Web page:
BA grounded all planes from Gatwick and Heathrow on Saturday, causing chaos for thousands at the start of the school half-term and bank holiday weekend.
The disruption has continued into Sunday, with dozens of Heathrow services cancelled and passengers warned not to go to the airport without rebooking or checking their flight status.
Some shops at the airport had run out of food and many people slept on the floor on mats and blankets, the Press Association has been told.
Welsh international table tennis player Chloe Thomas arrived on Sunday around four hours before her 7.30am flight to Germany for the World Table Tennis Championship in Dusseldorf.
She said there were "just queues everywhere" and her plane was cancelled at the last minute.
"We stood in the check-in queue, not moving, for about an hour then it came up on the screen that the flight was cancelled," she said.
"To be honest I wasn't surprised. We didn't think we would make the flight because we were in the queue for such a long time."
After finding out they would not be departing for Dusseldorf as planned, the group joined "another queue the length of the airport" to get a number to rebook.
"It's chaos, people are running about all over the place trying to rebook," Thomas said.
"There's no-one to help, no leadership, it's just mental. There are lots of people everywhere.There's nowhere to sit, so people are just lying on the floor, sleeping on yoga mats."
Airport staff had handed out the yoga mats, as well as thin blankets, for people who were stuck there overnight, she added.
The problem has been caused by a worldwide systems failure, which BA said is believed to have been caused by a power supply issue.
Thomas also said one of the shops has already sold out of food.
She and her teammates, Callum Evans and Daniel O'Connell, have been booked onto another flight, but now need to get to Birmingham.
London's Kings Cross railway station was packed with people trying to make their way north, with travellers queuing out of the doors and onto the platform for the 9am train to Edinburgh.
Those that could not get on ran to the doors of the next service at 9.30am when the platform was announced, but were met on boarding with a warning from the train guard that seats could not be guaranteed for all passengers.
Passengers lucky enough to be aboard one of the few flights taking off on Saturday later found their hold luggage had not made it onto the plane with them.
Terry Page, 28, from London, flew from Heathrow to Fort Worth, Texas, where he and "about 50" others were told they would have to wait until Monday before being reunited with their bags, he told the Press Association.
As IT teams tried to fix the system:
:: Travellers have been told to check the airline's website and Twitter account for updates before setting off for Gatwick or Heathrow.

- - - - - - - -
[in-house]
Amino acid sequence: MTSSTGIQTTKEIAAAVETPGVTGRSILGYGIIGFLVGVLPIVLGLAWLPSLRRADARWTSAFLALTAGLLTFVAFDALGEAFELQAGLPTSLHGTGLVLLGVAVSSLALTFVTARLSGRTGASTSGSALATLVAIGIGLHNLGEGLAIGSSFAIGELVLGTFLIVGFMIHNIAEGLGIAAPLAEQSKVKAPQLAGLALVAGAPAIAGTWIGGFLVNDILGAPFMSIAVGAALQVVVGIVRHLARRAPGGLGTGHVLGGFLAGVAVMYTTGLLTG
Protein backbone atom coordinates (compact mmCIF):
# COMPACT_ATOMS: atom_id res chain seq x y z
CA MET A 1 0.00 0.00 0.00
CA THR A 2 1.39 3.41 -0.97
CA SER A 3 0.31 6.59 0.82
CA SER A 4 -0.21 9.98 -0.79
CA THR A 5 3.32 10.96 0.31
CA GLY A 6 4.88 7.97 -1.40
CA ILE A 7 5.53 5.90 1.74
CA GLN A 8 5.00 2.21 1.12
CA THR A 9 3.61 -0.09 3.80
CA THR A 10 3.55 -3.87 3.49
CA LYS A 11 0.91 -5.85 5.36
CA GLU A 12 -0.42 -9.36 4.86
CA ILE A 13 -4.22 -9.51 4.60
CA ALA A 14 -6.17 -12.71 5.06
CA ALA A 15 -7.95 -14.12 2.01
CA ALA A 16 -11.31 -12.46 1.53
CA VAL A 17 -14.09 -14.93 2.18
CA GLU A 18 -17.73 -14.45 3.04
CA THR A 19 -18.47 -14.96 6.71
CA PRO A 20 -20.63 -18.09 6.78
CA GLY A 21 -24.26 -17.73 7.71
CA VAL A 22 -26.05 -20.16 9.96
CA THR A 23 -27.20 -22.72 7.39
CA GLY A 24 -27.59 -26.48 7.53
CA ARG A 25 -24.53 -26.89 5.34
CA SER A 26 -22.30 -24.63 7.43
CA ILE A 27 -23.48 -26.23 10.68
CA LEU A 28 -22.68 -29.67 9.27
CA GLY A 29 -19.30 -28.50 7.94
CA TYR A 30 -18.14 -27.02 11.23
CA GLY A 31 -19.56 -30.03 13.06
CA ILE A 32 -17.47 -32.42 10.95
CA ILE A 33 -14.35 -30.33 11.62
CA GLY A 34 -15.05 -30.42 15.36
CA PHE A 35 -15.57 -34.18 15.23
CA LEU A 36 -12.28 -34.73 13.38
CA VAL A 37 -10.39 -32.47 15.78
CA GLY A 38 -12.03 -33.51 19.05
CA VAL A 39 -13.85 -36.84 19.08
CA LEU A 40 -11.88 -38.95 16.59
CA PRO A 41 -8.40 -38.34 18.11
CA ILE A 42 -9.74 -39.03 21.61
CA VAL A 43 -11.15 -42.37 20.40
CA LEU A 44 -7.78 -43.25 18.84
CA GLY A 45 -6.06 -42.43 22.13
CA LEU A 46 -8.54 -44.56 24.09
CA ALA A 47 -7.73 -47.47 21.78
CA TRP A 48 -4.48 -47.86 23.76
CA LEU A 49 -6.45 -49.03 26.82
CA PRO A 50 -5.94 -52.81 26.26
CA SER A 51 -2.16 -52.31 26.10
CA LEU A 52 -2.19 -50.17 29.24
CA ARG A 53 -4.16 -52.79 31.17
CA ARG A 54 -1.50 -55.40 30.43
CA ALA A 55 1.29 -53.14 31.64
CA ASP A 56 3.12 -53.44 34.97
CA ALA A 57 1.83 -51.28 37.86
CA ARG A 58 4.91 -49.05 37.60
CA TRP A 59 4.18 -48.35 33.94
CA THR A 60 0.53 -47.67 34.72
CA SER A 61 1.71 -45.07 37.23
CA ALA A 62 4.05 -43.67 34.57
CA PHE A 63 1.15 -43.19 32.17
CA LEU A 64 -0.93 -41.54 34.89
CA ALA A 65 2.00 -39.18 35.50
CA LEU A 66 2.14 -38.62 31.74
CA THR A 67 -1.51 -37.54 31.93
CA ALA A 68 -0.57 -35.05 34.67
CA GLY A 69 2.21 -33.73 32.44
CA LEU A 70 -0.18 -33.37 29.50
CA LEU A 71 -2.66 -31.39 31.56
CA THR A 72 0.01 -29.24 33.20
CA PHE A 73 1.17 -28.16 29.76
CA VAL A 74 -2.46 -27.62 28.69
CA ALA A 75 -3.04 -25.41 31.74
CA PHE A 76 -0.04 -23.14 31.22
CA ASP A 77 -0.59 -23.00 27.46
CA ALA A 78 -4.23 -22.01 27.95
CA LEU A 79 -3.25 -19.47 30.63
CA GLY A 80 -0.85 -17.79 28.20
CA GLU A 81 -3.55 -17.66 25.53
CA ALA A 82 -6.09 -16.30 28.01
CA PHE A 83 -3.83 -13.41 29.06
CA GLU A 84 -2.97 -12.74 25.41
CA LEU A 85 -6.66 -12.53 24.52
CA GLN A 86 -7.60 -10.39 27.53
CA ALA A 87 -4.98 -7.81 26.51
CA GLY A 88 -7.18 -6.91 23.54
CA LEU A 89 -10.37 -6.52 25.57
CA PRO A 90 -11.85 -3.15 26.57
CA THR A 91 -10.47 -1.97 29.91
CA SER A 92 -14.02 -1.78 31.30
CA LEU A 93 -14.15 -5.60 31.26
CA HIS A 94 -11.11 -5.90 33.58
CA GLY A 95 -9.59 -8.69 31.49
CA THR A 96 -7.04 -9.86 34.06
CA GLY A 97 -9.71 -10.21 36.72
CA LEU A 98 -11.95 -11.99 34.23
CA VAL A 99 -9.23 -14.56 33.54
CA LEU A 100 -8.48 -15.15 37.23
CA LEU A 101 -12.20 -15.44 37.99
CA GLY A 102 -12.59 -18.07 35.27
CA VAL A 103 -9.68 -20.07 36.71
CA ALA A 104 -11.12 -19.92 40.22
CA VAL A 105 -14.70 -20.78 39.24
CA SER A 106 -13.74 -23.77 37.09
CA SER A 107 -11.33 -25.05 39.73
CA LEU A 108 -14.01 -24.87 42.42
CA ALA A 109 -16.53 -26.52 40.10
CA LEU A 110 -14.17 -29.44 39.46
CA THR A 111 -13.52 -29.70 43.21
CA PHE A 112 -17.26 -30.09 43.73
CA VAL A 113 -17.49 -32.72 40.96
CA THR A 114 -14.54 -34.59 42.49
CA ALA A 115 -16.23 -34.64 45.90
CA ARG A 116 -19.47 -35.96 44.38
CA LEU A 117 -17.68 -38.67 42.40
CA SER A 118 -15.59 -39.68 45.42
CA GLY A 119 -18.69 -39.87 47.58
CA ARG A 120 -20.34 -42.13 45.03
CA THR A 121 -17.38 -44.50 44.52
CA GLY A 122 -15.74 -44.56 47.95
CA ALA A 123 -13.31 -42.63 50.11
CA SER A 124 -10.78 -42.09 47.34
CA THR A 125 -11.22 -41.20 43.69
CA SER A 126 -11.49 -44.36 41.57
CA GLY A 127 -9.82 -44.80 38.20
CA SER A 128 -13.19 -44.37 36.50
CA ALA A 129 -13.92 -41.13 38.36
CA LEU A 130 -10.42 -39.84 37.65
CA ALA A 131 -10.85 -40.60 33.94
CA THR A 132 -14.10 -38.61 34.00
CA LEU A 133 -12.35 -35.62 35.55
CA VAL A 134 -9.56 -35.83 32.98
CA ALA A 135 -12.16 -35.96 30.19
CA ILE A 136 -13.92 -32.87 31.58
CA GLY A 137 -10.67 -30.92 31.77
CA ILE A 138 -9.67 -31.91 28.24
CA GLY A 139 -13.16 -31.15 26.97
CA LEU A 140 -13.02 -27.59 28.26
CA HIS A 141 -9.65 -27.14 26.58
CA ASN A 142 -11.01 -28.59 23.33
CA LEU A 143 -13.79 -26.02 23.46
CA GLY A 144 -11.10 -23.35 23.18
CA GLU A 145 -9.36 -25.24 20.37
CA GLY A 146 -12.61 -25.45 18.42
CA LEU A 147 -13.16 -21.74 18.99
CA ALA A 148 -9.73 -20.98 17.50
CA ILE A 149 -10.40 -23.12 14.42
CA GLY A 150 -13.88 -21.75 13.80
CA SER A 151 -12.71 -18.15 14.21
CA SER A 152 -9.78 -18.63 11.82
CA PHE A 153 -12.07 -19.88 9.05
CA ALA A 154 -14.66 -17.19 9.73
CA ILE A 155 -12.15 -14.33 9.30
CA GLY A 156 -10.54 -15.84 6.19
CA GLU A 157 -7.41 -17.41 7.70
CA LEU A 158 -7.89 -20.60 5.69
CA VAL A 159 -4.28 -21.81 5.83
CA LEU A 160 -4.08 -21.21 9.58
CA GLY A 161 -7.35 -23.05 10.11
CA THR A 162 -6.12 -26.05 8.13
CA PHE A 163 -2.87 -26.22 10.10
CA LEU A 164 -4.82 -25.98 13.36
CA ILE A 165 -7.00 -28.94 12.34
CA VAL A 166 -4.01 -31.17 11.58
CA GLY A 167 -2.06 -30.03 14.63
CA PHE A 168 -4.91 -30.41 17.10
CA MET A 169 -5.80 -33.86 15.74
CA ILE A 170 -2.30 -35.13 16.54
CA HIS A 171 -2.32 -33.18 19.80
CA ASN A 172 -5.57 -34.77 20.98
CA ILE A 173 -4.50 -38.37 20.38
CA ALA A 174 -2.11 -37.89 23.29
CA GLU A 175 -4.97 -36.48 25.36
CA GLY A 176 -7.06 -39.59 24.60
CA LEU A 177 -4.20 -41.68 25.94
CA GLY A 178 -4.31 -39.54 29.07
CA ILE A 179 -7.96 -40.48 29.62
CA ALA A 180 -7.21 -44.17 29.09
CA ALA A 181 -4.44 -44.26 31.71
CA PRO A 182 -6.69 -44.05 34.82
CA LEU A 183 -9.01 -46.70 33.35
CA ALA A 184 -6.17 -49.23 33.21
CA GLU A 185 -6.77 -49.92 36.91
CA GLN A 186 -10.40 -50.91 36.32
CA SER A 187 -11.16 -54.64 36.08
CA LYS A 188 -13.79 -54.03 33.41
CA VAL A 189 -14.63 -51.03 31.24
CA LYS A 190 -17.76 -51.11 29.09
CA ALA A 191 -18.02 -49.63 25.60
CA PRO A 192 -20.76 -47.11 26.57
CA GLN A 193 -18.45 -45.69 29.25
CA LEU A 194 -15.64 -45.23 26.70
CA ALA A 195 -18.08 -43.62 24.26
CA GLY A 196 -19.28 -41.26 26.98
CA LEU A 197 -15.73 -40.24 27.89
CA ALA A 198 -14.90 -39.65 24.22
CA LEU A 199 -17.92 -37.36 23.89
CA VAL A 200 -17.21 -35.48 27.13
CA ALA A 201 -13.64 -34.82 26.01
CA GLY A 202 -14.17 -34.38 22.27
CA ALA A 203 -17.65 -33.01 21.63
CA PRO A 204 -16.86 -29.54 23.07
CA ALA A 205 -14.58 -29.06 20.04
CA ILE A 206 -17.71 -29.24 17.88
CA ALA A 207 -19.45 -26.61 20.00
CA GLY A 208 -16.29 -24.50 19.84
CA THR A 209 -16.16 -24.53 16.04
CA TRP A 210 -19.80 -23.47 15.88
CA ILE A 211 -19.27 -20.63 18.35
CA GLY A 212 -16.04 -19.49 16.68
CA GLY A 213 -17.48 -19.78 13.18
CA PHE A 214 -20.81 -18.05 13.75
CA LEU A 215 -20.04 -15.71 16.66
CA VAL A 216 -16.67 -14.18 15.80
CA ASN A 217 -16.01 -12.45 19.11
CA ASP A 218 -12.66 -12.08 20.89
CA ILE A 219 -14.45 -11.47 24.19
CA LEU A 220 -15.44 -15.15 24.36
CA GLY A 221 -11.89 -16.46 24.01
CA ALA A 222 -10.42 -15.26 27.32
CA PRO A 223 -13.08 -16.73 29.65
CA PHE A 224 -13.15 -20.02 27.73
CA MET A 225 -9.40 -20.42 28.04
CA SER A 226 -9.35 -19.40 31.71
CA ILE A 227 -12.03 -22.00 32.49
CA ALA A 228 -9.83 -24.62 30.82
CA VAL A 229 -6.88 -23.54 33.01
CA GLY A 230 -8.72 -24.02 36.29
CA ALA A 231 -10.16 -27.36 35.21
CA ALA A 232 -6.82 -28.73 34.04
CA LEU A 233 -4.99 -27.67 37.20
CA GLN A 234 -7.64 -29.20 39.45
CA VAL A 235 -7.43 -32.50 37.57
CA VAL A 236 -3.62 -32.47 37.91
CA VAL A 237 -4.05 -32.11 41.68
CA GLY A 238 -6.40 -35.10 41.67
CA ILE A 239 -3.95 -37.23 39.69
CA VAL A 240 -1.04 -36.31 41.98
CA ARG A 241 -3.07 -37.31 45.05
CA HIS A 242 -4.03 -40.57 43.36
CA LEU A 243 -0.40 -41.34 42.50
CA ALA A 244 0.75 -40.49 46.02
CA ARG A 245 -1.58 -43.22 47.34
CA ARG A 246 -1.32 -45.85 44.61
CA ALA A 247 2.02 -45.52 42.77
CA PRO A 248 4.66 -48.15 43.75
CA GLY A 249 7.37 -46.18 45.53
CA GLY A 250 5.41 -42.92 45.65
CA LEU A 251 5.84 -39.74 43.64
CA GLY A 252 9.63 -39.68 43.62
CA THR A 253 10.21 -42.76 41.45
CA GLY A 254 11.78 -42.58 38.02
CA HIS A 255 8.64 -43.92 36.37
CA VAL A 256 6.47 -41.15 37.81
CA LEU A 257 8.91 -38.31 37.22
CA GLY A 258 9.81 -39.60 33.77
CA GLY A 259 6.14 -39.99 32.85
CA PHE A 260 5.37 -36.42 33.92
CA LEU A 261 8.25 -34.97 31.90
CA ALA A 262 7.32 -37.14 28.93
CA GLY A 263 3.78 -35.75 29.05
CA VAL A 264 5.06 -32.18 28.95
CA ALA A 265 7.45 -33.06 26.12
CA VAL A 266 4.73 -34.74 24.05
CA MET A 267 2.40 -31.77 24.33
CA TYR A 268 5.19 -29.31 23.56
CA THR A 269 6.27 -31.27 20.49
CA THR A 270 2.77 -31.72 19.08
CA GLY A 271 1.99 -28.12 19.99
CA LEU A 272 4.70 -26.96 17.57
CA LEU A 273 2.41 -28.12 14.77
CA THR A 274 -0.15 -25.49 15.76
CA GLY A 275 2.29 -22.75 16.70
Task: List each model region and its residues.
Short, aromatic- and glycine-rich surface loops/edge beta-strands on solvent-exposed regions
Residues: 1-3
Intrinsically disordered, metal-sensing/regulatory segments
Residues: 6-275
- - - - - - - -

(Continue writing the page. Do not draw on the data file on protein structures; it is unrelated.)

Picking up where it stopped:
:: All of BA's check-in and operational systems were affected by the issue, including the airline's customer service phone lines and rebooking function.
:: The incident had a knock-on effect on BA's operations around the world.
:: Customers whose flights were cancelled are being refunded or rebooked on to new services and other options are available for those who no longer want to fly.
:: BA chief executive Alex Cruz said the airline was "extremely sorry" for the "huge inconvenience" suffered by customers, especially families heading on half term holidays.
BA said it is aiming to operate a "near normal schedule" at Gatwick and the "majority of services" from Heathrow.
There were dozens of cancellations at Heathrow on Sunday morning and delays of around 30 minutes to their flights from Gatwick.
The airline was unable to say how many flights would be cancelled or how long the disruption is likely to continue for.
A spokesman said: "Our focus is on updating customers and doing what we can to get them to their destinations as quickly as possible."
Experts predict the knock-on effect could continue for several days and BA is facing huge compensation costs.
The glitch is believed to have been caused by a "power supply issue" and there is no evidence of a cyber attack, the airline said.
There were issues with its online check-in systems in September and July last year, causing severe delays for passengers.
Mr Cruz said in a statement on Sunday afternoon that many of the systems are back up but the knock-on effect is continuing.
He warned passengers that the BA Heathrow terminals were "very congested" and that people would not be let into Terminal 5 until 90 minutes before the scheduled departure time of their flights.
Anyone who had their plane cancelled can rebook until the end of November or have a full refund, he added.
He apologised again for the "horrible time" and "very trying experiences" customers have been through.